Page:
The European artist TeeKay has always had a high interest in blending art and technology. In a way he follows the footsteps of artist/researchers of the renaissance such as Leonardo da Vinci. But instead of painting and scuplting TeeKay chose the performing arts as his favorite medium, especially the art of storytelling with movement and music.
His first choreography in 1975 was a comic approach on the mechanical effects of string-pulling: it showed two puppeteers fighting to gain control of a marionette, getting so aggressive in their fight that finally they break the puppet. While the first costumes were old ones from the stock of the Stuttgart State Opera new costumes were designed 6 months later by a young stage design student as part of a cooperation between the John-Cranko-School and the Stuttgart Academy of Fine Arts. This student would later evolve into the internationally acclaimed artist Rosalie.
Chemistry and Dance
25 years later Rosalie and TeeKay would cooperate again at a event celeberating the 150th anniversary of the German chemical company Heraeus. While Teekay would be responsible for the high-tech choreography of the gala show, the amazing decor with hundreds of glowing plastic buckets was created by Rosalie.
During the walk through the historical development of the company the dancers would incorporate chemical processes such as the melting of platinum or the triggering of molecular reactions by laser light.
600 Seconds – Digits I and Digits II
In 1990 TeeKay explored the combination of the chic of industrial sounds and thrilling acrobatic movements in a series of related choreographies. For the annual Choreographic Competition in Hannover he created the pas de deux “600 Seconds” for two of his fellow dancers: Sonia Santiago, who would later on be one of the soloists of the Stuttgart Ballet was partnered by Mathias Warncke. The music was composed by another of their colleagues, dancer and composer Christian Schaaf.
In the fall of 1990 the piece was extended into a pas de six for the Malmo Balletten in Sweden and received its new title “DIGITS I”.
Finally in 1991 another updated version “DIGITS II” was premiered at the International Choreographic competition in Tokyo. It was performed by 6 young dancers from the John-Cranko-School in Stuttgart.
Robots and VR glasses
In 1995 TeeKay would retrace the tragic side of “Coppélia”, a famous ballet based E.T.A. Hoffmann’s tale “The Sandman”. In this amazing plot from 1816 (!) the German author explores the possibility of creating a robot so perfect that it will be perceived as human.
Hoffmann was aware that such a trick could only be a success if it were combined with special glasses – a technology we would describe a AR or VR glasses. The student Nathanael falls in love with the Coppélia, the “robot daughter” of Dr. Coppélius due to the help of the magic glasses sold by Dr. Spalanzani to the students on campus in a way we would nowadays deal drugs. In the end Nathanael looses his minds and commits suicide by jumping from the church bell tower.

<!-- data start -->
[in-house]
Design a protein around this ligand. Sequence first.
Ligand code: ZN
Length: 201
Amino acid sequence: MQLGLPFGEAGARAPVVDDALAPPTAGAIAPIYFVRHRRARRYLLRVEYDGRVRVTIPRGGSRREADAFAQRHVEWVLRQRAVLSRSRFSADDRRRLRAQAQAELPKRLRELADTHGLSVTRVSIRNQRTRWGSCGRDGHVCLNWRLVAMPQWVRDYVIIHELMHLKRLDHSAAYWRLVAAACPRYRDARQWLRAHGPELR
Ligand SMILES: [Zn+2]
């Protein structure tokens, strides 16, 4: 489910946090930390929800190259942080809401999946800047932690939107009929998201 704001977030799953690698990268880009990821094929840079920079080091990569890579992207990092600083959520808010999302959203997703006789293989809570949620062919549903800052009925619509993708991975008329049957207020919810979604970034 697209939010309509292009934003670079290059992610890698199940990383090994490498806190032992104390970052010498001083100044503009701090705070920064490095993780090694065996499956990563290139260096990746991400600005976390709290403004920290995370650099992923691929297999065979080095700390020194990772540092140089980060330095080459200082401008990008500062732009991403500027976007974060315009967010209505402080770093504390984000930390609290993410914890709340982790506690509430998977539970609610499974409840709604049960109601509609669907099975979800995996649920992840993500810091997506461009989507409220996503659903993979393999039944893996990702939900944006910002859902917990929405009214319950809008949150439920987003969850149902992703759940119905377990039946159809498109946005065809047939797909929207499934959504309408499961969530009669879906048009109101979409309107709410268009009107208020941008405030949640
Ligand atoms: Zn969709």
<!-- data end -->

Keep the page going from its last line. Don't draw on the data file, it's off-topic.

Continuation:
One of the many beautiful mathematical details of the Lucerne production was the intricate floor pattern designed by Roy Spahn. He was also responsible for the flexible system of climbable rolling walls which would be recombined in many ways to visualize the locations of the plot.
The Magic of Videogames
In 2005 TeeKay gave another classical ballet an update: in “Game over, Petrushka!” a group of teenagers explore break into a video game parlour. Exploring more and more of the different games their realities shift and in the final game “Petrushka” one of them dies a tragic death.
Created for the ballet company in Würzburg, home of one of the largest universities in Germany, the ballet attracted many of the students to their first theatrical performance.
Mimicking the movement quality of other creatures always comes with a huge fascination. Whether is is humans moving as robots or robots moving like humans, dogs or spiders, people will love it.
Another facination aspect is when many people move in unison. From the so called “white acts” of classical ballet, when 32 dancers in tutus dance as if they were mere clones of each other to the military parades or the opening galas at sports events such as the Olympic games.
Teaching many people the same movements produces fascinating moments and is a lot of work for all the single dancers. On the other hand there is no effort needed when sending a sequence of coded movements to one small robot or to 2000 identical ones at the same time.
But TeeKay loves challenges: in 2019 he developed a unique concept for a flash mob for robots: U&I Robotic Dance.
Robots of all different brands and completely different kinds will be individually programmed by their owners and dance together.
Due to the corona crisis we have also developed a Corona Online version which can be made available for other technological online events as well.
If you are interested please send an email to email@example.com
Please check here for further details on “160 Seconds”, the first Robotic-Dance-Challenge in cooperation with the International STEM Awards in Milano in May 2020.
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